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Cas. Yes, every man of them; and no man here,
Bru.. He is welcoine hither.'
He is welcome
They are all welcome.
Cas. Shall l'entreat a word? [They whisper, Dec. Here lies the east: Doth not the day break
here? Casca. No.
Cin. 0, pardon, sir, it doth; and yon grey lines, That freťthe clouds, are messengers of day. Casca. You shall confess, that you are both de
ceiv’d. Here, as I point my sword, the sun arises; Which is a great way growing on the south,.. Weighing the youthful season of the year. Some two months hence, up higher toward the
Bru, Give me your hands all over, one by one.
? No, not an oath : If not the face of men, &c.] Dr. War, burton would read fate of men; but his elaborate emendation is, I think, erroneous. The face of men is the countenance, the regard, the esteem of the publick; in other terms, honour and reputation; or the face of men may mean the dejected look of the people.
The sufferånce of our souls, the time's abuse,
Than secret Romans, that have spoke the word,
Cas. But what of Cicero? Shall we sound him?. I think, he will stand very strong with us.
Casca. Let us not leave him out.
No, by no means. • Till each man drop by lottery.] Perhaps the poet alluded to the custom of decimation, i. e. the selection by lot of every tenth soldier, in a general mutiny, for punishment.
3 And will not palter ?] And will not shuffle or Ay from his en.. gagements.
cautelous,] Is here cautious, sometimes insidious. ... The even rirtue of our enterprize,] The calm, equable, tem. perate spirit that actuates us.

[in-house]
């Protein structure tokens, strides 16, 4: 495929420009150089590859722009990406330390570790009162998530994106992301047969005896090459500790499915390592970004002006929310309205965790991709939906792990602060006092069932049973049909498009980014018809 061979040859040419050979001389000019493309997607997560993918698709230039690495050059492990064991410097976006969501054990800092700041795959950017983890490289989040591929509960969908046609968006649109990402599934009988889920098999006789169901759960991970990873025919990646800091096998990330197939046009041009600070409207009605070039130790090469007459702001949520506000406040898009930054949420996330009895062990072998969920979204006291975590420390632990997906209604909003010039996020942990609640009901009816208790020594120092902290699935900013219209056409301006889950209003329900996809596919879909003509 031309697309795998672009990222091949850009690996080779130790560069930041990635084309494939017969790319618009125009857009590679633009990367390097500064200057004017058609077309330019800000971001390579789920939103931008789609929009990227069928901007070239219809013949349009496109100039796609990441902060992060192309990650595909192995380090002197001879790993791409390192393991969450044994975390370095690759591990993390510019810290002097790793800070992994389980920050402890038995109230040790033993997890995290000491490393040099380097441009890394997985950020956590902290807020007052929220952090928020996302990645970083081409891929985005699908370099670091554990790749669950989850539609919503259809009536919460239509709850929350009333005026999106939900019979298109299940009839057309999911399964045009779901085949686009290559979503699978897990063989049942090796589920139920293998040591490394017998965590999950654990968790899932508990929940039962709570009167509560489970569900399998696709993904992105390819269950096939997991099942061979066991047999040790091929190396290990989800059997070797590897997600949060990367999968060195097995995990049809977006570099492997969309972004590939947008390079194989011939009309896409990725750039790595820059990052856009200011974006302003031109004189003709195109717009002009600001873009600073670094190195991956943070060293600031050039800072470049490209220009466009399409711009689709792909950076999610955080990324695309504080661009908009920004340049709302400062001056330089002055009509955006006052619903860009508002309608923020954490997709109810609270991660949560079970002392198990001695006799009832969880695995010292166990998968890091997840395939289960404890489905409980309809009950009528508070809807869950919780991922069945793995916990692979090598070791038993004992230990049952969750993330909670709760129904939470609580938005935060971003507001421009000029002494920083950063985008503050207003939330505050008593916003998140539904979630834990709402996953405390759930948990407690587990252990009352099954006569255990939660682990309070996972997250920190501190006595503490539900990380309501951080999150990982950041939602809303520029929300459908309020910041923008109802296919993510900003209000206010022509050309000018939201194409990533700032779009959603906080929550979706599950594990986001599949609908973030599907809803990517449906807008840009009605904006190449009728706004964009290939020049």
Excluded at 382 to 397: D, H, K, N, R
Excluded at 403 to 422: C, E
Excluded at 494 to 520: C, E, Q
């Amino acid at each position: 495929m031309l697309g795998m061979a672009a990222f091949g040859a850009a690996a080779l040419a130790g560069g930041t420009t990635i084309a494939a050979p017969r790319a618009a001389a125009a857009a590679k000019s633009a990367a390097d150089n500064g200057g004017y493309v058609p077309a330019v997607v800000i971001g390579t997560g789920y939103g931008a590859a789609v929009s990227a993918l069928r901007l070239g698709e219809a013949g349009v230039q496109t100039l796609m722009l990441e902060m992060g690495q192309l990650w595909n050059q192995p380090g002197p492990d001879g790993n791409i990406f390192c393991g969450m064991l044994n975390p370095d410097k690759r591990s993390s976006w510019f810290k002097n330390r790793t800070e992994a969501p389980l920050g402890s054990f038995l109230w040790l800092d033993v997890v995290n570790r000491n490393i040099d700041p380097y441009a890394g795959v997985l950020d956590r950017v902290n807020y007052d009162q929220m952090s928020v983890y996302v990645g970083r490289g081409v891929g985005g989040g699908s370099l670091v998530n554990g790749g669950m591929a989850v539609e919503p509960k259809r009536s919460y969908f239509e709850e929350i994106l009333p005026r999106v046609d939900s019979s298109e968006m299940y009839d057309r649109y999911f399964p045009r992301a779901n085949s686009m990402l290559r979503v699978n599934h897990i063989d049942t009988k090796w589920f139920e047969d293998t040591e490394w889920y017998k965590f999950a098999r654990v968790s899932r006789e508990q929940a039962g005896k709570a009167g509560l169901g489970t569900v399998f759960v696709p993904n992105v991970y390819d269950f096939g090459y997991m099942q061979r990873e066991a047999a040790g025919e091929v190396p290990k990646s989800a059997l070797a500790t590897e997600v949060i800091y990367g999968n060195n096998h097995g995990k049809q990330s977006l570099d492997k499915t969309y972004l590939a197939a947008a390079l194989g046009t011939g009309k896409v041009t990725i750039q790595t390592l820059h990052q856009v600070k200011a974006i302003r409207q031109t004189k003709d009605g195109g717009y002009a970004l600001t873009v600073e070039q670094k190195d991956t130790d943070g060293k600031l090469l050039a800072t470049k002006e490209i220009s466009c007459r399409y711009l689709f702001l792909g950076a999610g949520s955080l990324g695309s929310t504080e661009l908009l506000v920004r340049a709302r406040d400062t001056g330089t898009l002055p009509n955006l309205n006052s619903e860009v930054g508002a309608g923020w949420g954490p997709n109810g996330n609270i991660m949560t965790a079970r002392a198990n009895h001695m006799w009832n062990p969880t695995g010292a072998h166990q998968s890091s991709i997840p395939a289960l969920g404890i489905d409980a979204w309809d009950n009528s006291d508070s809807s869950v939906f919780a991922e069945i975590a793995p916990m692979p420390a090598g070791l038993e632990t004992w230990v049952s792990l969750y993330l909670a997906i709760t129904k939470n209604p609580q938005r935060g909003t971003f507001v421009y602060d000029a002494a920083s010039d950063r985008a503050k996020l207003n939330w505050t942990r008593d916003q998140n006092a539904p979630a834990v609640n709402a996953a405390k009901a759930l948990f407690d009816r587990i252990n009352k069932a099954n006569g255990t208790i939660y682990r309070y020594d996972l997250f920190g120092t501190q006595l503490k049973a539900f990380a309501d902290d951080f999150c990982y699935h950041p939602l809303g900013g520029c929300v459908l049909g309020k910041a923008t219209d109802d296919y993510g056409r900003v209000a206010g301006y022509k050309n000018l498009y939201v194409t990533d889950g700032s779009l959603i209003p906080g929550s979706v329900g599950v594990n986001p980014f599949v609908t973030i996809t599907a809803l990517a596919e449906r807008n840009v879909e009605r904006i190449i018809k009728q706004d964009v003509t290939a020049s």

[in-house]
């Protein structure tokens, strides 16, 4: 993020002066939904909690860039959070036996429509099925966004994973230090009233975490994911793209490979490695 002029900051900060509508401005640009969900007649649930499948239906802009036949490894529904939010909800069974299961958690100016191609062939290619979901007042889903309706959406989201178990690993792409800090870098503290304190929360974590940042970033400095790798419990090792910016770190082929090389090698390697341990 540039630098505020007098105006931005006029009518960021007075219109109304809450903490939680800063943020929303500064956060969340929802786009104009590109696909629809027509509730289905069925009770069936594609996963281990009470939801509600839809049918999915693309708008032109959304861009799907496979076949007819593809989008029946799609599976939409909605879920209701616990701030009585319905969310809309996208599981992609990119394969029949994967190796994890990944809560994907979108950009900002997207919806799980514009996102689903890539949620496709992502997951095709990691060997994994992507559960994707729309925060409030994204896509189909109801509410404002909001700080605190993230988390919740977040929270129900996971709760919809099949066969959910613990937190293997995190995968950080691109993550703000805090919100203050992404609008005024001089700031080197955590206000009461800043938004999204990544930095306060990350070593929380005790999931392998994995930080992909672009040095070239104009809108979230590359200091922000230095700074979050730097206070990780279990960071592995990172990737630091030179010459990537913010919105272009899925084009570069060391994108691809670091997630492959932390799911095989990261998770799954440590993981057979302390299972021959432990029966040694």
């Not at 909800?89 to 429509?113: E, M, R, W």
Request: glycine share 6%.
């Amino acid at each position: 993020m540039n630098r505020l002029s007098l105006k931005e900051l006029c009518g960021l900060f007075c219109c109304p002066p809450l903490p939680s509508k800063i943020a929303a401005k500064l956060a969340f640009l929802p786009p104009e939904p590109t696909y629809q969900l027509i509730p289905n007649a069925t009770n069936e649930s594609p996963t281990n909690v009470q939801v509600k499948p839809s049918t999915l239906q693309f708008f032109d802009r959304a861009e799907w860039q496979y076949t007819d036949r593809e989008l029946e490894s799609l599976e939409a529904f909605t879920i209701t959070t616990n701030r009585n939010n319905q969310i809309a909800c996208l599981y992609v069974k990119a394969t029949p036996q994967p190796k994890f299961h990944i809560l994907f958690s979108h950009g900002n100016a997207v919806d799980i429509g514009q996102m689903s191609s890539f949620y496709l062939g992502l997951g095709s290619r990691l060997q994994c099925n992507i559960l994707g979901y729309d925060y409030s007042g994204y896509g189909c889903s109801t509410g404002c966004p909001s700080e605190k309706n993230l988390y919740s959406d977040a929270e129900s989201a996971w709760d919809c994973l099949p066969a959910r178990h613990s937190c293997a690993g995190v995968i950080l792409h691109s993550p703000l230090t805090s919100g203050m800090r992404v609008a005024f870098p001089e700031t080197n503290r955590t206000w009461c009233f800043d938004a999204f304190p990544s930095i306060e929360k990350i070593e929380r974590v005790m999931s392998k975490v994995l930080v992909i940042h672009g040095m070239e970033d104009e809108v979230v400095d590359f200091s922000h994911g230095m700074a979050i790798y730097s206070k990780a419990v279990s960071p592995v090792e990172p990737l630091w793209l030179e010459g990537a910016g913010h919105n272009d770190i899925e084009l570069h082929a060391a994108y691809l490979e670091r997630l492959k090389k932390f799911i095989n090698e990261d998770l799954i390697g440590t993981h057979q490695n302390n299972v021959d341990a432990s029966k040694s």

Met. O let us have him; for his silver hairs
Then leave him out.
6 opinion,] i. e. character.
7 -- and envy afterwards: ] Envy is here, as almost always in Shakspeare's plays, malice.
Not hew him as a carcase fit for hounds:
Yet I do fear him:
Treb. There is no fear in him; let him not die; For he will live, and laugh at this hereafter.
[Cloch strikes. Bru. Peace, count the clock. Cas. . The clock hath stricken three. Treb. 'Tis time to part. Cas.
.. But it is doubtful yet, Whe'r Cæsar will come forth to-day, or no: For he is superstitious grown of late; Quite from the main opinion he held once Of fantasy, 'of dreams, and ceremonies: It may be, these apparent prodigies, The unaccustom'd terror of this night,
S t ake thought,] That is, turn melancholy.
9 company.] Company is here used in a disreputable sense. I Quite from the main opinion he held once
Of fantasy, of dreams, and ceremonies:] Main opinion, 'is nos thing more than leading, fixed, predominant opinion. Fantasy wag: in our author's time commonly used for imagination. Ceremonies means omens or signs deduced from sacrifices, or other ceremonial rites.
And the persuasion of his augurers,
Dec. Never fear that: If he be so resolv'd,
Cas. Nay, we will all of us be there to fetch him.
Met. Caius Ligarius doth bear Cæsar hard,
Bru. Now, good Metellus, go along by him; He loves me well, and I have given him reasons; Send him but hither, and I'll fashion him." . Cas. The morning comes upon us: We'll leave
you, Brutus:- . : And, friends, disperse yourselves: but all remember What you have said, and show yourselves true Romans.
: i . , Bru. Good gentlemen, look fresh and merrily;
That unicorns may be betray'd with trees, ;. . And hears with glasses, elephants with holes.] Unicorns are said to have been taken by one who, running behind a tree, eluded the violent push the animal was making at him, so that his horn spent its force on the trunk, and stuck fast, detaining the beast till he was despatched by the hunter. Bears are reported to have been surprised by means of a mirror, which they would gaze on, affording their pursuers an opportunity of taking the surer aim. Elephants were seduced into pitfalls, lightly covered with hurdles and turf, on which a proper bait to tempt then, was exposed. .
s by him:] That is, by his house.